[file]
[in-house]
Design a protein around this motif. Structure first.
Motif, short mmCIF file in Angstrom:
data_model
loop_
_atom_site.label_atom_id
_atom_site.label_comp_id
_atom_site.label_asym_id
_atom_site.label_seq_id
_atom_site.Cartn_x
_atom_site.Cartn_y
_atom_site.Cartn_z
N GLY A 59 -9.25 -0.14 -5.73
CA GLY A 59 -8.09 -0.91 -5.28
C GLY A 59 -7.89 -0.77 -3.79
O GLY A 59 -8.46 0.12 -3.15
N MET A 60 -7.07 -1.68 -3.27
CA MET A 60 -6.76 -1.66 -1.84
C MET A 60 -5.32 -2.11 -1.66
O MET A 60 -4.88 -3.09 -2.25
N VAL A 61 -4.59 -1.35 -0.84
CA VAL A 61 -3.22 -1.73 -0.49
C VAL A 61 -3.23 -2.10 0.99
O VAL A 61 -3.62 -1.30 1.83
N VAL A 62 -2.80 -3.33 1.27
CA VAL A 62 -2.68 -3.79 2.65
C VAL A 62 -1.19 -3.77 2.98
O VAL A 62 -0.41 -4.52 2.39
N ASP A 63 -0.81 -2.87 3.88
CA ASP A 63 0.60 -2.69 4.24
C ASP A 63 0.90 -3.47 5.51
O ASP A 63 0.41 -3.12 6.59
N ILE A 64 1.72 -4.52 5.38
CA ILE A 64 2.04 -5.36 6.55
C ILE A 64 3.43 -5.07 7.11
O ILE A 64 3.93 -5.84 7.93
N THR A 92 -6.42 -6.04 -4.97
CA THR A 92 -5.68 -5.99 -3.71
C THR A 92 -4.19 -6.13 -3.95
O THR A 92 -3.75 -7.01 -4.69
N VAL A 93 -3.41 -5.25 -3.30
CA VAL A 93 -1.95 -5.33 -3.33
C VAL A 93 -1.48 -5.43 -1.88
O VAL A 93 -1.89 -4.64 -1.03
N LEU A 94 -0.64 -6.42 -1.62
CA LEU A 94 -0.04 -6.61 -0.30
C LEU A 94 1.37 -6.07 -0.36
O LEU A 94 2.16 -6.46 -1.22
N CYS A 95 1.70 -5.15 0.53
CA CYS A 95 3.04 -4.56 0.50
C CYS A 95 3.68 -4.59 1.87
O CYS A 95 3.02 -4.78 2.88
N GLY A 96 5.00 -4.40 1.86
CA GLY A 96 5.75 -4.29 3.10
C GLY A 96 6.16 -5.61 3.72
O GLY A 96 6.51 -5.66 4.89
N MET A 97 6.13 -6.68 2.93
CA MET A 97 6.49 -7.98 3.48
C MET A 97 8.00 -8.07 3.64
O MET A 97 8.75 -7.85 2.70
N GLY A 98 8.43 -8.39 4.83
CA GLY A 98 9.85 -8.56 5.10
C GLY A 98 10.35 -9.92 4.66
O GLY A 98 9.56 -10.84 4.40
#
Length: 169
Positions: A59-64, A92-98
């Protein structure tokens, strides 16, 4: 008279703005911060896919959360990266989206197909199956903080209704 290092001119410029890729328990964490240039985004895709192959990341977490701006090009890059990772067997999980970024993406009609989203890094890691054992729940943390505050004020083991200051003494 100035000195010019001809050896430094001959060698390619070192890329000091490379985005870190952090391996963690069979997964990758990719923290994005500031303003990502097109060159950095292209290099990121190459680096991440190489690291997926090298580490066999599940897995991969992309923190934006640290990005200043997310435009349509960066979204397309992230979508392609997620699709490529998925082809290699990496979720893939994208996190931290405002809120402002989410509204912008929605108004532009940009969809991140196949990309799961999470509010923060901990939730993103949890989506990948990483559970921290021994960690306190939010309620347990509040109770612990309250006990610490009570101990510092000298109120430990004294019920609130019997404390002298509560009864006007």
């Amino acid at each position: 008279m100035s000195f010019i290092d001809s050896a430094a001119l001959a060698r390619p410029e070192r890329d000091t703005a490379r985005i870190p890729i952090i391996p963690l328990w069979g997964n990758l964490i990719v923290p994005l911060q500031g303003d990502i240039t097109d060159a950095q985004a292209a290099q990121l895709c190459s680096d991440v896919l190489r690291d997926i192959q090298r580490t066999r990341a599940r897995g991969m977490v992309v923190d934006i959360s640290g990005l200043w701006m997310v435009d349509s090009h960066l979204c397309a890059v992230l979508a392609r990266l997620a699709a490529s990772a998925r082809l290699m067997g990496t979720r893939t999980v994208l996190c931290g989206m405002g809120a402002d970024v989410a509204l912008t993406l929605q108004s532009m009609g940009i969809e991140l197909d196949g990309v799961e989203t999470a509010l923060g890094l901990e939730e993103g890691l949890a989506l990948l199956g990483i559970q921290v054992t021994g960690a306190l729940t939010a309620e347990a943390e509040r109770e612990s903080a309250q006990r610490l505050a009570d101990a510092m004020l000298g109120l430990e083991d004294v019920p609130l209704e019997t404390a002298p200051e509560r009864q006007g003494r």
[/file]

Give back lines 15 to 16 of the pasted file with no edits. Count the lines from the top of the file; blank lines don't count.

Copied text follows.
C GLY A 59 -7.89 -0.77 -3.79
O GLY A 59 -8.46 0.12 -3.15